Twelfth be Cesario) and Duke Orsino, and Olivia


TwelfthNight is aromantic comedy written by William Shakespeare around the early 1600’s, as anentertainment for the holiday of the Twelfth Night. It is a play that discussesissues that are incredibly sensitive, even by today’s standards.

Homosexualityis the basis of a significant amount of deliberation in this day and age, However,Shakespeare wrote this work in the early seventeenth century, considering thetopic of homosexual yearnings through humor and wit. While there is no specificevidence of Shakespeare’s personal opinions on the matter, his dealing withhomosexuality in this play, especially through the relationship between Antonioand Sebastian, Viola (claiming to be Cesario) and Duke Orsino, and Olivia andViola, is definite indication of his candidness to the topic. In medieval Europe,being gay was not just frowned upon but was a crime punishable by law, as well.Despite writing in the 1600’s, Shakespeare understood and appreciated the tensionthat social views placed on homosexuals at the time. In the play, he gives asmuch respect to the homosexual relationships as to the heterosexual ones.The first instance of a homosexual relationshipin Twelfth Night is between Antonioand Sebastian. Antonio, a sailor, falls in love with Sebastian, a nobleman,whom Antonio saved from a shipwreck.

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However, Antonio’s affection only bringshim despair and sadness, and Sebastian, who is straight, and is in arelationship with Olivia, views Antonio’s intimate offers merely as signals offriendship. When the reader is first introduced to Antonio, who has recentlysaved Sebastian, it is obvious that Antonio is in love with Sebastian; however,he cannot bring himself to say it, as admission to homosexuality in that timeperiod would be synonymous with death. Antonio still attempts to make plays atSebastian, even offering to be his servant as Sebastian expresses to him thathe must leave him: “If you willnot murder me for my love, let me/ be your servant” (2.1.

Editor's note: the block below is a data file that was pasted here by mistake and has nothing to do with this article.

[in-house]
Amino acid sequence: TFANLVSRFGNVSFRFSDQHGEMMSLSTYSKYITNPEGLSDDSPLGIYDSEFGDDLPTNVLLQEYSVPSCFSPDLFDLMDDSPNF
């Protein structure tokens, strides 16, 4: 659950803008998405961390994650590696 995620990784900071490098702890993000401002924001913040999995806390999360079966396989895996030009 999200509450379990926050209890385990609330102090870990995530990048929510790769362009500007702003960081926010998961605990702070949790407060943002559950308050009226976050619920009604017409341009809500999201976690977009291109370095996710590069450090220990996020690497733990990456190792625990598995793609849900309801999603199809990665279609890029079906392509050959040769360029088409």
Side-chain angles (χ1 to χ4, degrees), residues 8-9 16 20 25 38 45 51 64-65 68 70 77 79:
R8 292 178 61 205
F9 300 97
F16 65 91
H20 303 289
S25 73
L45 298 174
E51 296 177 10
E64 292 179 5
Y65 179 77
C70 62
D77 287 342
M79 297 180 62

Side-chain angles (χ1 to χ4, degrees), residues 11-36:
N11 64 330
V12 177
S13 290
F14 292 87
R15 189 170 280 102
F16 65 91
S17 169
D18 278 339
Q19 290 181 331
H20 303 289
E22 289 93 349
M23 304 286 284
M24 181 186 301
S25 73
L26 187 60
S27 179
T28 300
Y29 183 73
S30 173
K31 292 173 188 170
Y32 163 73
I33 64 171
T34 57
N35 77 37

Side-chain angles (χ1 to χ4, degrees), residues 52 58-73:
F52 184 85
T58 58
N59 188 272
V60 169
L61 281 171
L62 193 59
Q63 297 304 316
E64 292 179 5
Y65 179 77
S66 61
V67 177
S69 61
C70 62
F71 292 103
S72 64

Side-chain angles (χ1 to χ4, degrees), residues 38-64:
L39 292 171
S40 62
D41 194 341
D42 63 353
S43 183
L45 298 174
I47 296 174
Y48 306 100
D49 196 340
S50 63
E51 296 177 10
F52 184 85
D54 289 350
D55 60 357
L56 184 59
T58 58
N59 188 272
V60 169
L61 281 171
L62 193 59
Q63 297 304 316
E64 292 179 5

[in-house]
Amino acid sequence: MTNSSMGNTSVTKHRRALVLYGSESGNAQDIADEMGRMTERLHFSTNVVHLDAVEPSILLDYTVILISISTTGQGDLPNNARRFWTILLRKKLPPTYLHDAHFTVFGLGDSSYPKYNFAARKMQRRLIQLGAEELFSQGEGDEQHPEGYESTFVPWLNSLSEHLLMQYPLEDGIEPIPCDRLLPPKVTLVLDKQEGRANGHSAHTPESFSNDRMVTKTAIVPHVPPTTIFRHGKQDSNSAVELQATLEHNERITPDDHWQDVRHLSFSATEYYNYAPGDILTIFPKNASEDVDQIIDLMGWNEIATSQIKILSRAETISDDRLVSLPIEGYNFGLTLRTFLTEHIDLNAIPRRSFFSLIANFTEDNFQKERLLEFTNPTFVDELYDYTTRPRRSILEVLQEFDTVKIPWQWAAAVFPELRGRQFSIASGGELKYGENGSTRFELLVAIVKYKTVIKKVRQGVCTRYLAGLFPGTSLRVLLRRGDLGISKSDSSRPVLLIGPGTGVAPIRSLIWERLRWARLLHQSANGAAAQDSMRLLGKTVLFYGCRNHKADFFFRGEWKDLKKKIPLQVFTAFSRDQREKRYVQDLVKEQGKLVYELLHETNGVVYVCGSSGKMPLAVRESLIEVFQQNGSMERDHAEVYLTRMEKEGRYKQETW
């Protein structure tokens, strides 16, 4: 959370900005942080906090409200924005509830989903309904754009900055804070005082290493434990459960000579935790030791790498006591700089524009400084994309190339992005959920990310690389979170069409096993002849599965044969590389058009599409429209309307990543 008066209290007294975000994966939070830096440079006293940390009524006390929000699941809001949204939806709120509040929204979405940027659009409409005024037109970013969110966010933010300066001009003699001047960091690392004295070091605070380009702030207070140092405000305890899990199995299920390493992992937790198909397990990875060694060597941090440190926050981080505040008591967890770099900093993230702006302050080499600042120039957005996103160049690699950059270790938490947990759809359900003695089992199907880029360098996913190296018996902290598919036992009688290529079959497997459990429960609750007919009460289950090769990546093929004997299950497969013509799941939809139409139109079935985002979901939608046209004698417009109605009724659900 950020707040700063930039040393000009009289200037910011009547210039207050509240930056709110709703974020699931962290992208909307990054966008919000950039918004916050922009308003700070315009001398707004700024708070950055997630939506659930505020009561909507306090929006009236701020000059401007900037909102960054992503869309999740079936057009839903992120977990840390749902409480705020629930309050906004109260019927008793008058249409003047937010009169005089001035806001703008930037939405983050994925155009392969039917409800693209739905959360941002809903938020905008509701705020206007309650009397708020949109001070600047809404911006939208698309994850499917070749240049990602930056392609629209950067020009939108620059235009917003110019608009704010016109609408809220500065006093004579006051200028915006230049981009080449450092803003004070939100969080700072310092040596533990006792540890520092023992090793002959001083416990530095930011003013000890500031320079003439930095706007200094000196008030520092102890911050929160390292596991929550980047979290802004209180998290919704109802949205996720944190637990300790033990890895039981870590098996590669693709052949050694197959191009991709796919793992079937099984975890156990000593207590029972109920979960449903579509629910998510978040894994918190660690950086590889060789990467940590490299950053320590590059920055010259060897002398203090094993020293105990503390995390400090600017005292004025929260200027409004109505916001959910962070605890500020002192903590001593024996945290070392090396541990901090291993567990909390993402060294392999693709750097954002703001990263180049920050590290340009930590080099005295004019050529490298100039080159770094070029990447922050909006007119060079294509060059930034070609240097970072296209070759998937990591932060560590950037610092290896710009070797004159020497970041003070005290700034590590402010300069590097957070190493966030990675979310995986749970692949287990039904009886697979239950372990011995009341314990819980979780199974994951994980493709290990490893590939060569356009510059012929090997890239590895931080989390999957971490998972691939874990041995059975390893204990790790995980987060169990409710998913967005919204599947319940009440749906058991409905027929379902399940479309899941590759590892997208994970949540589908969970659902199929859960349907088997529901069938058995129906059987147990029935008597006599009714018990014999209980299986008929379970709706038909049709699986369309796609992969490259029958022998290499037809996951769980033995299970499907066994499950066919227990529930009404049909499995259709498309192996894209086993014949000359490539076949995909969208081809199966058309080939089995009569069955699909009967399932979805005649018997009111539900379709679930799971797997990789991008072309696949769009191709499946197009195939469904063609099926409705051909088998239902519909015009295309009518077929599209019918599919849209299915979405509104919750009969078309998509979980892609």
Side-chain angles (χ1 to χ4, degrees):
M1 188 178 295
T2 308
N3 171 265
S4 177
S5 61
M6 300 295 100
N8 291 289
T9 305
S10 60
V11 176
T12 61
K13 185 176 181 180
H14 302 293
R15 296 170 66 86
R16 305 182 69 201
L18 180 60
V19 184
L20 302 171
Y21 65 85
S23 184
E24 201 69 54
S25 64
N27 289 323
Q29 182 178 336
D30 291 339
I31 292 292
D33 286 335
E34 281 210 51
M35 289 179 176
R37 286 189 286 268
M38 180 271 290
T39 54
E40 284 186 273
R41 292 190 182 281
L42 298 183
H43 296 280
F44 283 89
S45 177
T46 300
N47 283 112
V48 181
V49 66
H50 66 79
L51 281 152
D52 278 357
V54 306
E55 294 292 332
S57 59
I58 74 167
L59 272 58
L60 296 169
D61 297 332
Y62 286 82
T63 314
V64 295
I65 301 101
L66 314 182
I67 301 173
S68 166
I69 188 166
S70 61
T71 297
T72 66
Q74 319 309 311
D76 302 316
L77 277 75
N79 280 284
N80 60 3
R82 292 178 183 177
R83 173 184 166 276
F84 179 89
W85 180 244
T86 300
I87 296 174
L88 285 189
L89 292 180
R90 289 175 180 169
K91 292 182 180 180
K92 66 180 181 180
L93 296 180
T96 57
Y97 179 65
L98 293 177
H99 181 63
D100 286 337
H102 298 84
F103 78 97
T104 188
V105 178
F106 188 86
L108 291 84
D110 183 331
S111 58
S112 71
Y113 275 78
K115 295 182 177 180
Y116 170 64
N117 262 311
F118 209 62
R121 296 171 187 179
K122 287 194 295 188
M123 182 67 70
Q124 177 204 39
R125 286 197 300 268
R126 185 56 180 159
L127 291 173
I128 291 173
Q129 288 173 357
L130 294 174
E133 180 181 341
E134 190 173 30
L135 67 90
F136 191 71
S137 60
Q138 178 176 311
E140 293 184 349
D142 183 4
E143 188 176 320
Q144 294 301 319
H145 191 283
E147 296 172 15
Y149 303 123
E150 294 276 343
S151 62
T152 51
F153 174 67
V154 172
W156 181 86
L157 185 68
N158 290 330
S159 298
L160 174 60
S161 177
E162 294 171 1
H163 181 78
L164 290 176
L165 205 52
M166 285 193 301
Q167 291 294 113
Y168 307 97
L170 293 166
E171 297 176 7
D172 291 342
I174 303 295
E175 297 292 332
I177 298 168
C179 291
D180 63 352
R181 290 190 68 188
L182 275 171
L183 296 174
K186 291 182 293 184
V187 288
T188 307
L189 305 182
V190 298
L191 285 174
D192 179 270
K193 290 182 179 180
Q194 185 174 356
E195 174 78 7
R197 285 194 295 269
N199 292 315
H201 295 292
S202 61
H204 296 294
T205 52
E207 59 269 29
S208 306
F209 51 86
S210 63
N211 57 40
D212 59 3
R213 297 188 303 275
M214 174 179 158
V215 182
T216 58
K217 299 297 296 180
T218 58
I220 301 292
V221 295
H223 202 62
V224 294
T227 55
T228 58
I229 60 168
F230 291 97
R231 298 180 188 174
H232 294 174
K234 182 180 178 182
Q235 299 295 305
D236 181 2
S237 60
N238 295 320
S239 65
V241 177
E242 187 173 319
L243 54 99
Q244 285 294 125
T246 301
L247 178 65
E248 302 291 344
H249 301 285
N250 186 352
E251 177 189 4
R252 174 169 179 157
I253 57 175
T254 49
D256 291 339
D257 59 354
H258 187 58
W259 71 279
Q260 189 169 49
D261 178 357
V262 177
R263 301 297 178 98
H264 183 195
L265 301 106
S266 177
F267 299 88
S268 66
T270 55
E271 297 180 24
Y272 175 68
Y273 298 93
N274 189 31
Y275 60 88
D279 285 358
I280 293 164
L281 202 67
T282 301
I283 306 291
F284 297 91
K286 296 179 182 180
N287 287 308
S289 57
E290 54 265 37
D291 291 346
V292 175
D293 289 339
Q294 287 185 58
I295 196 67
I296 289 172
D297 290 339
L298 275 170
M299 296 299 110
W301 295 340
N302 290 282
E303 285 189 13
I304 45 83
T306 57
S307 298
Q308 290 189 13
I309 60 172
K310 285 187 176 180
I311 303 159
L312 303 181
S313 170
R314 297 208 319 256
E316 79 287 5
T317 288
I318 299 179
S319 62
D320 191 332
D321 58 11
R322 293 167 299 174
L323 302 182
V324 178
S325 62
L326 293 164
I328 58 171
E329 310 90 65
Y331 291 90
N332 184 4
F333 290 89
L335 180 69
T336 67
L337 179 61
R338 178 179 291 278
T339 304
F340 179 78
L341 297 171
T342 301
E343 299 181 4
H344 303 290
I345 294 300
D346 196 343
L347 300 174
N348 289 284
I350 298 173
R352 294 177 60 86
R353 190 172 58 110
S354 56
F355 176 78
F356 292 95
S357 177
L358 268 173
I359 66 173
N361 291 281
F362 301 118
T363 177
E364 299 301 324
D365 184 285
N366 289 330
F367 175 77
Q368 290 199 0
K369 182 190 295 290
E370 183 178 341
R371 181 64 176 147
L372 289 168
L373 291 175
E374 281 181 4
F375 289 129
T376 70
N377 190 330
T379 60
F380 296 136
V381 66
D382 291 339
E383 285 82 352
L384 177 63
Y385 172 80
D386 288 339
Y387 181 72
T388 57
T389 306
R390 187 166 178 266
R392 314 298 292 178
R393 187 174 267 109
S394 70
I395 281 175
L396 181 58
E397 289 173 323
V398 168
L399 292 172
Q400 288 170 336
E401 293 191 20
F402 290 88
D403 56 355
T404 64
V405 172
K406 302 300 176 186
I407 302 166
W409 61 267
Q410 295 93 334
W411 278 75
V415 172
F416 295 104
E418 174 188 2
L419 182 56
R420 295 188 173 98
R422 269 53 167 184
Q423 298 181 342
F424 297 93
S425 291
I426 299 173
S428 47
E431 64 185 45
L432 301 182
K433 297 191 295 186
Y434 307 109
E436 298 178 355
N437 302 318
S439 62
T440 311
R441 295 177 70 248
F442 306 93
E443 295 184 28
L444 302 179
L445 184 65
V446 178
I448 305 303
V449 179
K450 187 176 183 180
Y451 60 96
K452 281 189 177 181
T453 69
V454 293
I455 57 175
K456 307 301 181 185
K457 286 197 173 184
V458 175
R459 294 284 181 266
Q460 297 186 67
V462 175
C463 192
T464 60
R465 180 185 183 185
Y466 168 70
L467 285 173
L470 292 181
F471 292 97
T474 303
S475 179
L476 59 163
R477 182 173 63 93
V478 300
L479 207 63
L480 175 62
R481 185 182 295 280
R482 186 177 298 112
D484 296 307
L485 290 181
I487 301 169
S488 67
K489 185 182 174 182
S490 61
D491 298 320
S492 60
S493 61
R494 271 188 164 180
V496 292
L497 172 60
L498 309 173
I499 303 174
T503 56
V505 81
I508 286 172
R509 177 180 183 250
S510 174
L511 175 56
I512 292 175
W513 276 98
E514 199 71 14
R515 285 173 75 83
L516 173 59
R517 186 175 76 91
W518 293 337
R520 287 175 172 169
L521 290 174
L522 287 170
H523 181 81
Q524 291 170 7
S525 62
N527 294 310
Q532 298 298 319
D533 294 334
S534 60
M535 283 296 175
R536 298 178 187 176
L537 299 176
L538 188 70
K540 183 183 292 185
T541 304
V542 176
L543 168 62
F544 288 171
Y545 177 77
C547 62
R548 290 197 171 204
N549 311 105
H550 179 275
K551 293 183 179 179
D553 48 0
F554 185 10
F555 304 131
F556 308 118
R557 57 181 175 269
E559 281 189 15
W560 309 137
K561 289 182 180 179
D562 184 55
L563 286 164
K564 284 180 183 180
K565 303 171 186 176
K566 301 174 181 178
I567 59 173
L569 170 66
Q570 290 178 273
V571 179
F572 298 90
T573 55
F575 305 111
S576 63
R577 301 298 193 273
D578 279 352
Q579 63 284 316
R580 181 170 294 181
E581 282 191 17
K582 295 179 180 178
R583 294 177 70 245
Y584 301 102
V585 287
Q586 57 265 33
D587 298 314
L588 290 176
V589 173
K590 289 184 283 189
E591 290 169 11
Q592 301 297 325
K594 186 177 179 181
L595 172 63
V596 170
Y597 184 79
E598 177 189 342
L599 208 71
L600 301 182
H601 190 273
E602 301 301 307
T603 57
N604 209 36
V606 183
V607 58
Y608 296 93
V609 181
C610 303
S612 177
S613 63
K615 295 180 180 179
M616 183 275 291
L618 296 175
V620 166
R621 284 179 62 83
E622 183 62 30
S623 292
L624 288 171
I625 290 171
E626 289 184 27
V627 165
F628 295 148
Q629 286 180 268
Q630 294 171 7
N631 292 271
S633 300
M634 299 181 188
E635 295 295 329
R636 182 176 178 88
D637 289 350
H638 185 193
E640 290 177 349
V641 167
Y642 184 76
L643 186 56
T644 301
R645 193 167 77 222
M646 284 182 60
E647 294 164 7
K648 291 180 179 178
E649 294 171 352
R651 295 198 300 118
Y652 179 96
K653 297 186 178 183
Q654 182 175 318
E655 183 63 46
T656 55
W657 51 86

34-35). Antonio’srelationship with Sebastian is completely undermined because he does not wishto express his sexual orientation openly. As the play progresses, Shakespeareproduces more indication of Antonio’s affection for Sebastian.

The readerwitnesses the scene in which Antonio mistakes Viola, dressed up as a man, forSebastian. As she is being beleaguered by another man, Antonio protects Viola,only to be reprimanded by Orsino’s guards. As Antonio asks Viola for his purseback–in the previous scene out of his love for Sebastian, Antonio gives him allhis money in his purse–in order to post bail, Viola, who has never met Antonio,denies having ever received a purse. This causes Antonio to feel betrayed bythis–in his eyes–beautiful young man whom he loves. “Do not tempt my misery, /Lest that it make me so unsound a man/As to upbraid you with those kindnesses/ThatI have done for you” (3.

4.360-63). Antonio’s emotions and affection forSebastian ultimately lead to his own demise as he is eventually imprisoned andloses the entirety of his wealth.Duke Orsino and Viola displayhomosexual tendencies, as well, however their relationship only becomes open tothe rest of the world as it is revealed that Cesario is of the opposite sex.Viola, who is masked as a man, has feelings for the Duke, and unlike withAntonio and Sebastian, the emotions are reciprocated.